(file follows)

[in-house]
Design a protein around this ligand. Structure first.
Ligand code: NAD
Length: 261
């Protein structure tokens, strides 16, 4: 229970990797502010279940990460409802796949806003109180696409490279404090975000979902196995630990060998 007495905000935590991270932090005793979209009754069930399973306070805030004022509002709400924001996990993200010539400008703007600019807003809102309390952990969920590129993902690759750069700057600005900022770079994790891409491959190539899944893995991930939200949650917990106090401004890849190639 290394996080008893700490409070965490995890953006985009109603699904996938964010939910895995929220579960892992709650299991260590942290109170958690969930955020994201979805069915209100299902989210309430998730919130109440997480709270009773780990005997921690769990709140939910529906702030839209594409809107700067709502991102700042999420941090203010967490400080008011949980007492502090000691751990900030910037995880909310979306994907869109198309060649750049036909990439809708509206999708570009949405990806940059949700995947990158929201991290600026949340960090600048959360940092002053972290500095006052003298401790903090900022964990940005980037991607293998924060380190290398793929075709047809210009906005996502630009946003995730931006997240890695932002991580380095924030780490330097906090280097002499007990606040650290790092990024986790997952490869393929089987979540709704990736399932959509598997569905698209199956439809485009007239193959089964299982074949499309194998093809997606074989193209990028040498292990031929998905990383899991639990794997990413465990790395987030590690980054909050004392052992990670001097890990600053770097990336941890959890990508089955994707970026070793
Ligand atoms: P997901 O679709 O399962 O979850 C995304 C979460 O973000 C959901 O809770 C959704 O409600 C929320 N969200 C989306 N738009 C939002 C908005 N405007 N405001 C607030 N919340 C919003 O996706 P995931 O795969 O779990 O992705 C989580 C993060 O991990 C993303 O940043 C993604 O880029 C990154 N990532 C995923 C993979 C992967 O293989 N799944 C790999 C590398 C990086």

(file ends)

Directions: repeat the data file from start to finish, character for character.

[in-house]
Design a protein around this ligand. Structure first.
Ligand code: NAD
Length: 261
């Protein structure tokens, strides 16, 4: 229970990797502010279940990460409802796949806003109180696409490279404090975000979902196995630990060998 007495905000935590991270932090005793979209009754069930399973306070805030004022509002709400924001996990993200010539400008703007600019807003809102309390952990969920590129993902690759750069700057600005900022770079994790891409491959190539899944893995991930939200949650917990106090401004890849190639 290394996080008893700490409070965490995890953006985009109603699904996938964010939910895995929220579960892992709650299991260590942290109170958690969930955020994201979805069915209100299902989210309430998730919130109440997480709270009773780990005997921690769990709140939910529906702030839209594409809107700067709502991102700042999420941090203010967490400080008011949980007492502090000691751990900030910037995880909310979306994907869109198309060649750049036909990439809708509206999708570009949405990806940059949700995947990158929201991290600026949340960090600048959360940092002053972290500095006052003298401790903090900022964990940005980037991607293998924060380190290398793929075709047809210009906005996502630009946003995730931006997240890695932002991580380095924030780490330097906090280097002499007990606040650290790092990024986790997952490869393929089987979540709704990736399932959509598997569905698209199956439809485009007239193959089964299982074949499309194998093809997606074989193209990028040498292990031929998905990383899991639990794997990413465990790395987030590690980054909050004392052992990670001097890990600053770097990336941890959890990508089955994707970026070793
Ligand atoms: P997901 O679709 O399962 O979850 C995304 C979460 O973000 C959901 O809770 C959704 O409600 C929320 N969200 C989306 N738009 C939002 C908005 N405007 N405001 C607030 N919340 C919003 O996706 P995931 O795969 O779990 O992705 C989580 C993060 O991990 C993303 O940043 C993604 O880029 C990154 N990532 C995923 C993979 C992967 O293989 N799944 C790999 C590398 C990086």